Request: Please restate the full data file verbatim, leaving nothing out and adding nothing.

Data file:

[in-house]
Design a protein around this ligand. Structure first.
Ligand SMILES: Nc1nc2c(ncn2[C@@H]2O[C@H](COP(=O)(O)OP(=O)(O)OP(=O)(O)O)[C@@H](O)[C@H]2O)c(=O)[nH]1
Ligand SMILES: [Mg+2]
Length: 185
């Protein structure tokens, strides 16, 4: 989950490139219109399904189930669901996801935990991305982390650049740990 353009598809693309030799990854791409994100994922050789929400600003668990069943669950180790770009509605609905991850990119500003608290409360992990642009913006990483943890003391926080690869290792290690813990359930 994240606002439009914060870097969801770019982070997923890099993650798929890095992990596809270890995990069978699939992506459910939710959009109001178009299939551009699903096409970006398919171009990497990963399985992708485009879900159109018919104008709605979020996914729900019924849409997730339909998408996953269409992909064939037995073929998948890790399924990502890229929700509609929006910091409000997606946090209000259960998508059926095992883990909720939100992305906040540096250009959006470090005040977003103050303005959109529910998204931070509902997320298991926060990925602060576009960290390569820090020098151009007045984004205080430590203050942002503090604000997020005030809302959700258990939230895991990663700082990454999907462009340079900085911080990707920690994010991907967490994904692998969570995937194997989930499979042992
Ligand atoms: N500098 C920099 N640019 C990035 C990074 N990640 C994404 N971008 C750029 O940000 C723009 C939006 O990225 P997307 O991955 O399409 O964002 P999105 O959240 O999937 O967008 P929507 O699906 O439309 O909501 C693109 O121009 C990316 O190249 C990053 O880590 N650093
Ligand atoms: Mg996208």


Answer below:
[in-house]
Design a protein around this ligand. Structure first.
Ligand SMILES: Nc1nc2c(ncn2[C@@H]2O[C@H](COP(=O)(O)OP(=O)(O)OP(=O)(O)O)[C@@H](O)[C@H]2O)c(=O)[nH]1
Ligand SMILES: [Mg+2]
Length: 185
């Protein structure tokens, strides 16, 4: 989950490139219109399904189930669901996801935990991305982390650049740990 353009598809693309030799990854791409994100994922050789929400600003668990069943669950180790770009509605609905991850990119500003608290409360992990642009913006990483943890003391926080690869290792290690813990359930 994240606002439009914060870097969801770019982070997923890099993650798929890095992990596809270890995990069978699939992506459910939710959009109001178009299939551009699903096409970006398919171009990497990963399985992708485009879900159109018919104008709605979020996914729900019924849409997730339909998408996953269409992909064939037995073929998948890790399924990502890229929700509609929006910091409000997606946090209000259960998508059926095992883990909720939100992305906040540096250009959006470090005040977003103050303005959109529910998204931070509902997320298991926060990925602060576009960290390569820090020098151009007045984004205080430590203050942002503090604000997020005030809302959700258990939230895991990663700082990454999907462009340079900085911080990707920690994010991907967490994904692998969570995937194997989930499979042992
Ligand atoms: N500098 C920099 N640019 C990035 C990074 N990640 C994404 N971008 C750029 O940000 C723009 C939006 O990225 P997307 O991955 O399409 O964002 P999105 O959240 O999937 O967008 P929507 O699906 O439309 O909501 C693109 O121009 C990316 O190249 C990053 O880590 N650093
Ligand atoms: Mg996208």